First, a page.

But first, a warning: I am only scratching the very tip-top surface of some of this stuff today. There is just sooooooo much to know and learn and discover and apply to our lives. PLEASE try not to get overwhelmed.
Remember Idea #1: Pray for wisdom. Ask God to show you where to start, how to start, and how much to do at a time.
Here we go.
5. Have a party.
I’ll admit it. I don’t like parties. Well, the parties where people sell stuff. I’ve hosted ONE in my lifetime, and it was only because I love my friend Shalla dearly and wanted to help her support her family.
But parties where you sell jewelry and bags and other crafts made by impoverished and/or trafficked women from around the globe? Oh my word. AWESOME.
Here are some organizations that you can host a party for: One Mango Tree (Uganda–that’s where my bag in my profile pic is from), Timbali Crafts (Swaziland–more on that in #6), Women At Risk International, Woven Joy, and so many, many more. Please link to any you know of!
6. Spend your money more purposefully.
I definitely need to research this one more. Several of you have asked me recently how you can know what stuff is fair trade and what’s not. Oh, that’s tough. I know that information is out there. I just need to carve out some time to gather it. (If anyone has helpful links/resources, let me know!) Heather Hendrick is awesome about finding out stuff like this. Here’s a link to all her posts she’s categorized under Fair Trade. And here are the ones under Feel Good Shopping.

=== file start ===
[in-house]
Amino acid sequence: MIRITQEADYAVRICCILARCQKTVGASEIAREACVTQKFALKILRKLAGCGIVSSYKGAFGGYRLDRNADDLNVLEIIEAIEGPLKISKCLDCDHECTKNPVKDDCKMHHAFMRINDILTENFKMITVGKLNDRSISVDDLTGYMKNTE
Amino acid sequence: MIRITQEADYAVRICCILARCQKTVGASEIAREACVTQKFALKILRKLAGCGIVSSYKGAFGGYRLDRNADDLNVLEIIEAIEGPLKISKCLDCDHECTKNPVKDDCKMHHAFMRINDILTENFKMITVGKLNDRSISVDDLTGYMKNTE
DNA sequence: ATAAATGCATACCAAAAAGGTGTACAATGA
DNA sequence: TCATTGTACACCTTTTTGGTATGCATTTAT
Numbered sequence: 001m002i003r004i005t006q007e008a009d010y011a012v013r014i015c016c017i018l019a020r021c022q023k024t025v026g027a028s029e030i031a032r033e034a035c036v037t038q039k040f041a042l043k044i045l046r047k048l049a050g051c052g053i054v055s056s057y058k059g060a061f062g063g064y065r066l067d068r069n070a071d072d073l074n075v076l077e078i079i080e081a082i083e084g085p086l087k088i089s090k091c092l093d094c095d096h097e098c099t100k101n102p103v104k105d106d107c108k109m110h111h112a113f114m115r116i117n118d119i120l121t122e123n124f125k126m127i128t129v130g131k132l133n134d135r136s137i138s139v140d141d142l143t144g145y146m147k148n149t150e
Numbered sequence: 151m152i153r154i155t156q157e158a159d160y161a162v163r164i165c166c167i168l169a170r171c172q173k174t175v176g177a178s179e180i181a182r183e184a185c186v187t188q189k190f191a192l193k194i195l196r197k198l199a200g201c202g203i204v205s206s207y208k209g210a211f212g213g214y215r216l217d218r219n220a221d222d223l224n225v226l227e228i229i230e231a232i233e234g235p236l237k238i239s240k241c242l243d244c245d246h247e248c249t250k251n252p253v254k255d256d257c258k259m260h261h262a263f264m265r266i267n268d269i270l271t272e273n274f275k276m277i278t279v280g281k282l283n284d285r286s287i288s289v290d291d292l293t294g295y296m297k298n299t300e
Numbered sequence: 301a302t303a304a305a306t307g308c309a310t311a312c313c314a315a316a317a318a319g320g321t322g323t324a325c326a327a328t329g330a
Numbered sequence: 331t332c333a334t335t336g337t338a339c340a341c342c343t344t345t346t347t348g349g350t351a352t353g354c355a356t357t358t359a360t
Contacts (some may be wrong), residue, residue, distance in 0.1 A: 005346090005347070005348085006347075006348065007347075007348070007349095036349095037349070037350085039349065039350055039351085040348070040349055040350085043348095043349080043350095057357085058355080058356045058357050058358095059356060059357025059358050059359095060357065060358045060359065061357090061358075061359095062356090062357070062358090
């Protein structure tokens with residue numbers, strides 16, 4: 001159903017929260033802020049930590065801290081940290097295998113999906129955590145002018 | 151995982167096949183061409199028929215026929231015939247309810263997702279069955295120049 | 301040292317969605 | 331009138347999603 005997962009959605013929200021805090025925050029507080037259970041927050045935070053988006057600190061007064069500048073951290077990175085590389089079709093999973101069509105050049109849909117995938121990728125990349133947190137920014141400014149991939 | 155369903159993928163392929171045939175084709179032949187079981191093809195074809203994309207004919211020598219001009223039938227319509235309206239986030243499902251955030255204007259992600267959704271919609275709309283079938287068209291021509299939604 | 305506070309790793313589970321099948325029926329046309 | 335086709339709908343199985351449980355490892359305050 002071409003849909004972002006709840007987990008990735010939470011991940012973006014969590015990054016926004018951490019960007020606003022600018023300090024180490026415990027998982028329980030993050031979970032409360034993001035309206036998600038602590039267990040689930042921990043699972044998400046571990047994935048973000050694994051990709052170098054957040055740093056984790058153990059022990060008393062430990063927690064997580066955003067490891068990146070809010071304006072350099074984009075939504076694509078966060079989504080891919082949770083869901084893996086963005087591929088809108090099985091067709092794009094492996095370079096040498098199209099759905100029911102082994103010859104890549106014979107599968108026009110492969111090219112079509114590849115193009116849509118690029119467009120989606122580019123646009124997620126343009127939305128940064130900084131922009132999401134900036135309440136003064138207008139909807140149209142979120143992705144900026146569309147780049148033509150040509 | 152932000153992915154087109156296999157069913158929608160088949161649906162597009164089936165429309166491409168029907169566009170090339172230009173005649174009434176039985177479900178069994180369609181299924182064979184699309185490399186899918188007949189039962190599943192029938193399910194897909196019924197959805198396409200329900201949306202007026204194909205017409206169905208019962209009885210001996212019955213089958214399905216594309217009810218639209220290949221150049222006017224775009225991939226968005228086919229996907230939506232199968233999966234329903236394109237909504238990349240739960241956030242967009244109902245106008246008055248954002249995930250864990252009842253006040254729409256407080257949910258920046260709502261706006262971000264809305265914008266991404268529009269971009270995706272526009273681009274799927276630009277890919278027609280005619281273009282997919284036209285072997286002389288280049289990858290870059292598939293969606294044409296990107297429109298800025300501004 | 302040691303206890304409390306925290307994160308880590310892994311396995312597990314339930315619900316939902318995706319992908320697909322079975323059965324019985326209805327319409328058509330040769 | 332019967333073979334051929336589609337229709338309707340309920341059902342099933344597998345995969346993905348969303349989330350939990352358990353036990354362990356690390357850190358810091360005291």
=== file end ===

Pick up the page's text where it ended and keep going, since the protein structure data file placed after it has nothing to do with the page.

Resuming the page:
This weekend I met an incredible gal named Suzanne who has been to Swaziland and now is a distributor for Timbali Crafts, which is made up of 90 Swazi women who serve as cooks for 2600 children a day at 14 different care points. These women are widows and single grandmothers, and making these crafts helps them support themselves and their families (more on this to come in a later post! so exciting!).
There’s also the Advent Conspiracy. I love, love, love this idea of putting a stop to the consumerism and materialism this Christmas and giving to those in need.
Christmas is the perfect time to give a beautiful gift handcrafted by someone who really needs the money. As opposed to Wal-Mart who will be just fine without your $25 (or $250).
7. Search out women to pray for.
Some of my favorite women to pray for are the gals at Heartline Haiti. We started the Prayer Doulas awhile back, and even though we’ve slacked off, there are still lots and lots of expectant mamas in Haiti who desperately need our prayers. And what an honor to pray them through their pregnancies, deliveries, and those early days, weeks, and months of motherhood.
I’ll have lots of names and faces for you to pray for while we’re in Cambodia. And I’d love to feature others you can pray for as well.
8. Volunteer somewhere.
As I told my friends in Michigan, the public schools are one of the most important places you can volunteer. My girls and I are reading buddies one morning a week for an hour at an inner-city school here in Columbus. And after we get back from Cambodia, we’re going to volunteer for an hour a week at the elementary school right here in our neighborhood. There is so much need, and the teachers are so overwhelmed. Kids are hungry and hurting, and it’s impossible for their teachers, no matter how loving and hard-working, to give them all the attention they need (educationally and otherwise).
There are also crisis pregnancy centers, women’s shelters, food banks, local libraries, and all kinds of other places that meet the needs of the community. I’d love to hear about some of the creative ways you’re serving your neighbors.